Whole books have been written on this subject, so I'm not sure what I can impart that is of use in a forum post.
1) Check the cardinality of the operations. That is, how many rows Oracle is processing for each step.
What is important here is the estimated number of rows match the actual number of rows. When Oracle generates an execution plan it uses database statistics to decide how expensive operations will be. If the stats are not representative of the data, then it may pick the wrong execution plan. A single way to check this is to compare the estimated cardinality with the actual cardinality. There is an example of this here:http://www.oracle-base.com/articles/9i/ ... stics_hint
If the actual and expected cardinalities do not match (or are close), then Oracle is using unrepresentative stats to make its decisions, which is not good.http://www.oracle-base.com/articles/mis ... istics.php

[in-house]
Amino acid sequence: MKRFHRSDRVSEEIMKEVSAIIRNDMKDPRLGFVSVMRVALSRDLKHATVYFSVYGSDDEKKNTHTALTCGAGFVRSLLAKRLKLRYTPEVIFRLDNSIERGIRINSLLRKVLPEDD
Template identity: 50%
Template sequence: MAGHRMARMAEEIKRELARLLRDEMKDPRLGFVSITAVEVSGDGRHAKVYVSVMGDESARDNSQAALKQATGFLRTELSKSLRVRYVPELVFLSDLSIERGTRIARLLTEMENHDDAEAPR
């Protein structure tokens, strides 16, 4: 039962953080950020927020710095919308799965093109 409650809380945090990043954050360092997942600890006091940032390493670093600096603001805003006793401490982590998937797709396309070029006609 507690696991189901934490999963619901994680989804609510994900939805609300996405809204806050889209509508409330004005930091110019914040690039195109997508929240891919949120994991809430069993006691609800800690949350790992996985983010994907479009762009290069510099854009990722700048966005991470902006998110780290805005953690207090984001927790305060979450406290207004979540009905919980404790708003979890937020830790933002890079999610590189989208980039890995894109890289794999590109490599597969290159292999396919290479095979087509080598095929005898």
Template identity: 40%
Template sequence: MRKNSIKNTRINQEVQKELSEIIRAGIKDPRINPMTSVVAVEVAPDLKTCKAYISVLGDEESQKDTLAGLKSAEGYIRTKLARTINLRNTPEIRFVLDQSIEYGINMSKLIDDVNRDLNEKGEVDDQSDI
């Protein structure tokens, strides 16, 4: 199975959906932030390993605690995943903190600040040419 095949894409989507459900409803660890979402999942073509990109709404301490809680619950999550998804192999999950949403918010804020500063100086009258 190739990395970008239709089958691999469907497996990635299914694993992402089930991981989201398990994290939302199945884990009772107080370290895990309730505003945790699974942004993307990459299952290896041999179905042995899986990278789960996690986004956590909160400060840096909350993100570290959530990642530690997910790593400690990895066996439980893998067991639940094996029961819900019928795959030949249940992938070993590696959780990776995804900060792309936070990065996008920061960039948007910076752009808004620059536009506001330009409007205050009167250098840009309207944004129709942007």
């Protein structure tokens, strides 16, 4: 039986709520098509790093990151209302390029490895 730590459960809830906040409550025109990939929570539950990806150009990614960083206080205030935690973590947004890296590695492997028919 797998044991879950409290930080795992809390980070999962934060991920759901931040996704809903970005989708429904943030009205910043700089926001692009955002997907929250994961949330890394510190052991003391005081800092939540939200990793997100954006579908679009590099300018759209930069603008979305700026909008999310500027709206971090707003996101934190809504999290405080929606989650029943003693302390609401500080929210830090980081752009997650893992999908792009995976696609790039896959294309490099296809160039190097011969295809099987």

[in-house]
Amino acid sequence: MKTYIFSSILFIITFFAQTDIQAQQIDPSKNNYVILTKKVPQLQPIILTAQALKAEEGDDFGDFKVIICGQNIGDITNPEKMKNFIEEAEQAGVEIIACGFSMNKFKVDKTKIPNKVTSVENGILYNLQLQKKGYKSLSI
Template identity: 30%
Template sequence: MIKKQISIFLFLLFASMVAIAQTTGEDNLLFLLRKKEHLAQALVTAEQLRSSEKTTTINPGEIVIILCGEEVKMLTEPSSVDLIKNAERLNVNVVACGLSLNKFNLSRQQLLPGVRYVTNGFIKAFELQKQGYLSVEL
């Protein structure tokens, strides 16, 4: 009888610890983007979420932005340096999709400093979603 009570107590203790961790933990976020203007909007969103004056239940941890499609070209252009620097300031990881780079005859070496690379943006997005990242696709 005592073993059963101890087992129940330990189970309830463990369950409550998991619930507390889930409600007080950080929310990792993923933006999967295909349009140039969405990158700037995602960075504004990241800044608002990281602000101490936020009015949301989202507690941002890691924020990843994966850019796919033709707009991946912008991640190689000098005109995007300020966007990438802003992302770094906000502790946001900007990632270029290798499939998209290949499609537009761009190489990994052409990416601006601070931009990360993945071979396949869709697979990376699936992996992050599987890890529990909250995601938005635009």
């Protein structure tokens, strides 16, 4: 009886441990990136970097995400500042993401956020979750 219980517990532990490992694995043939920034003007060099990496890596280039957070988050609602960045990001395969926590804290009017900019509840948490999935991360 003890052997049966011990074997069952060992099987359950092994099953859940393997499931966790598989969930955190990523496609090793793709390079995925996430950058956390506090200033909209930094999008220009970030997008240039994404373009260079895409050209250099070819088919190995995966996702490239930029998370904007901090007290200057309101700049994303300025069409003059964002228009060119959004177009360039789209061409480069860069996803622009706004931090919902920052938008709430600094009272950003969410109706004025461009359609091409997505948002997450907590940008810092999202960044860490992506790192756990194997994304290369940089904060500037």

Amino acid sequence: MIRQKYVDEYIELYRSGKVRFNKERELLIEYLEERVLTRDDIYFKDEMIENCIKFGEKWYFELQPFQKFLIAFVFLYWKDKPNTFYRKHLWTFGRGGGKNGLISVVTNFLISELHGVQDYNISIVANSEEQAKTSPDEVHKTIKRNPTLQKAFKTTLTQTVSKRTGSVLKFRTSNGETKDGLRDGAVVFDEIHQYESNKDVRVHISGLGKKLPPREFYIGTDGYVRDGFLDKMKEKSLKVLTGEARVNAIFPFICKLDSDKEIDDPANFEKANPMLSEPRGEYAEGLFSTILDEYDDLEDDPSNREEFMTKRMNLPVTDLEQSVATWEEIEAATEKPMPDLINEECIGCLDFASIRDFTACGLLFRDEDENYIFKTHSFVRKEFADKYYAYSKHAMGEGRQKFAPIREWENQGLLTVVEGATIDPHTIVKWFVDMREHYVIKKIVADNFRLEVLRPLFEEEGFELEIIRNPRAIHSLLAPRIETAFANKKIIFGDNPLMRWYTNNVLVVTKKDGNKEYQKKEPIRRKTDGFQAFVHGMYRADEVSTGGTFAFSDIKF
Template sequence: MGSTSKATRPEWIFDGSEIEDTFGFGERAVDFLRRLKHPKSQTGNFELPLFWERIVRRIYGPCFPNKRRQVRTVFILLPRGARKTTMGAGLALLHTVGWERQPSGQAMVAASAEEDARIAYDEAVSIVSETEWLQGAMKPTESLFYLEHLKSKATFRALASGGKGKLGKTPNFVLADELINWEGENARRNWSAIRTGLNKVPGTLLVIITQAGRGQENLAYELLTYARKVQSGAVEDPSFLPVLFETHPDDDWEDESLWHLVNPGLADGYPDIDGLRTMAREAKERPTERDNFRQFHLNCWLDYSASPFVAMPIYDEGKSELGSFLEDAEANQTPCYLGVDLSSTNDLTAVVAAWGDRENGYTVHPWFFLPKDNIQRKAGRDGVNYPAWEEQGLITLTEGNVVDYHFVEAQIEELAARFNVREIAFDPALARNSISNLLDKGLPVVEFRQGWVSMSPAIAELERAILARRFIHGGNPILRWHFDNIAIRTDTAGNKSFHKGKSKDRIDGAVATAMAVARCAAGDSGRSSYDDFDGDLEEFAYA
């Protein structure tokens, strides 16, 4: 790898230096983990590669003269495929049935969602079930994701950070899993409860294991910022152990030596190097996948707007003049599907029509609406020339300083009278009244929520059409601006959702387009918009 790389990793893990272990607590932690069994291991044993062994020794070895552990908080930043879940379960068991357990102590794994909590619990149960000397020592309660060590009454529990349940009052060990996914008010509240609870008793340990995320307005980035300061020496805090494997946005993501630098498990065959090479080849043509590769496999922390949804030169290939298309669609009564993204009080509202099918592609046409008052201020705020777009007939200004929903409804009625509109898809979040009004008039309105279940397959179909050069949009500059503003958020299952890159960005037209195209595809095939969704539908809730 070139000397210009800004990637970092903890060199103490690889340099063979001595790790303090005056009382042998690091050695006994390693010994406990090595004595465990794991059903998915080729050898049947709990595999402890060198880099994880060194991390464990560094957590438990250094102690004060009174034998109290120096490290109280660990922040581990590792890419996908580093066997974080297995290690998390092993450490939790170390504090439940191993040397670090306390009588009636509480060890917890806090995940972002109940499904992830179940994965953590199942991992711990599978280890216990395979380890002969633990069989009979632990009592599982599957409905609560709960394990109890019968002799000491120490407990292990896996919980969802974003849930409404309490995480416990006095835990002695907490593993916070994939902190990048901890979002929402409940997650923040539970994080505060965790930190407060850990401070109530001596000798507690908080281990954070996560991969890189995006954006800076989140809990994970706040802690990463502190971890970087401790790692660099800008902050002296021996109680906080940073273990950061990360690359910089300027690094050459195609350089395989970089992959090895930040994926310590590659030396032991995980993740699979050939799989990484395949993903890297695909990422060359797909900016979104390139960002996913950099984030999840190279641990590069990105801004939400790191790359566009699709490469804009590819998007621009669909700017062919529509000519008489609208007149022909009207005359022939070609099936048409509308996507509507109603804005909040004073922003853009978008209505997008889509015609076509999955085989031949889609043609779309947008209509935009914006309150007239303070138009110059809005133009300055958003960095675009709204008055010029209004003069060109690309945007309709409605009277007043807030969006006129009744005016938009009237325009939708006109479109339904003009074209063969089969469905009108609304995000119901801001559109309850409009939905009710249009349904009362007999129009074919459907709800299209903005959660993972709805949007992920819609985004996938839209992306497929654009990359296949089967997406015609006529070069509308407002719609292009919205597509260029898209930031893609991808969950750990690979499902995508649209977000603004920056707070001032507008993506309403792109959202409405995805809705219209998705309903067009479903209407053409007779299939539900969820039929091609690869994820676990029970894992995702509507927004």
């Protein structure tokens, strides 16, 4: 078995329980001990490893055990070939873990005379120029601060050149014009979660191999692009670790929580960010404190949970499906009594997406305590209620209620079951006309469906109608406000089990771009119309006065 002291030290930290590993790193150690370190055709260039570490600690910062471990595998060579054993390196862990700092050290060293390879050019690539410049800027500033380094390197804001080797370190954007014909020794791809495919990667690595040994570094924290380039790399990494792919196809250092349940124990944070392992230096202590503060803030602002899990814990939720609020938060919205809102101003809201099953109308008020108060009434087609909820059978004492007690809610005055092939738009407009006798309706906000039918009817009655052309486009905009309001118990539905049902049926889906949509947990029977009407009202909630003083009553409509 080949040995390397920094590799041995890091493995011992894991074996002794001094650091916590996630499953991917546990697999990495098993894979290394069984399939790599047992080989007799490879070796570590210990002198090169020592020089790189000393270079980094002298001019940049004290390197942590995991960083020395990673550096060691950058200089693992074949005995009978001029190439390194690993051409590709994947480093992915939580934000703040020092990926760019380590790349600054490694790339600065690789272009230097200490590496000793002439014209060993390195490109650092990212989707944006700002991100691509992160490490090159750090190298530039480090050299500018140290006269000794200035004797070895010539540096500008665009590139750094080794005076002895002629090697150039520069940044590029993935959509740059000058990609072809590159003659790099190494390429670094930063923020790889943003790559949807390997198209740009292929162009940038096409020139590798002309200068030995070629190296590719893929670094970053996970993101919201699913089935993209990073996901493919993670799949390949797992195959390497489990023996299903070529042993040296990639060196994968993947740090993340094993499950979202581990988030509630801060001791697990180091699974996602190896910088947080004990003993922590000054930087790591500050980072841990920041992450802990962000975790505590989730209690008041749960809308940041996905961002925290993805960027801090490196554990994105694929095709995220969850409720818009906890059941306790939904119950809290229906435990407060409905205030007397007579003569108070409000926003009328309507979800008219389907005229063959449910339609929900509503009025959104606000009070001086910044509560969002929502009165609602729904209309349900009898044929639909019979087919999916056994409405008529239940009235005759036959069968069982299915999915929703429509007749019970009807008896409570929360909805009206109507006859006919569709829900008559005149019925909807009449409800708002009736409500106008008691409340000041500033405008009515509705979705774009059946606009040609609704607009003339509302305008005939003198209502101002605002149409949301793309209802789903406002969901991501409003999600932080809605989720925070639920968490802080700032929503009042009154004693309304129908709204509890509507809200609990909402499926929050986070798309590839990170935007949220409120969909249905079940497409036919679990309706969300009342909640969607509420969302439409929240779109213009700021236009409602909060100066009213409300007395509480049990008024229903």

2) The next step is to sense check the operations. Do the execution plan seem sensible. For example, if you are expecting to return a single row, is a full table scan of 1 billion rows sensible? Likewise, if you are expecting to visit 1 billion rows, using an index to access them is probably not a great idea. This sense check may identify obvious issues, like you are trying to use a full table scan, where an index scan would be more appropriate, or vice versa.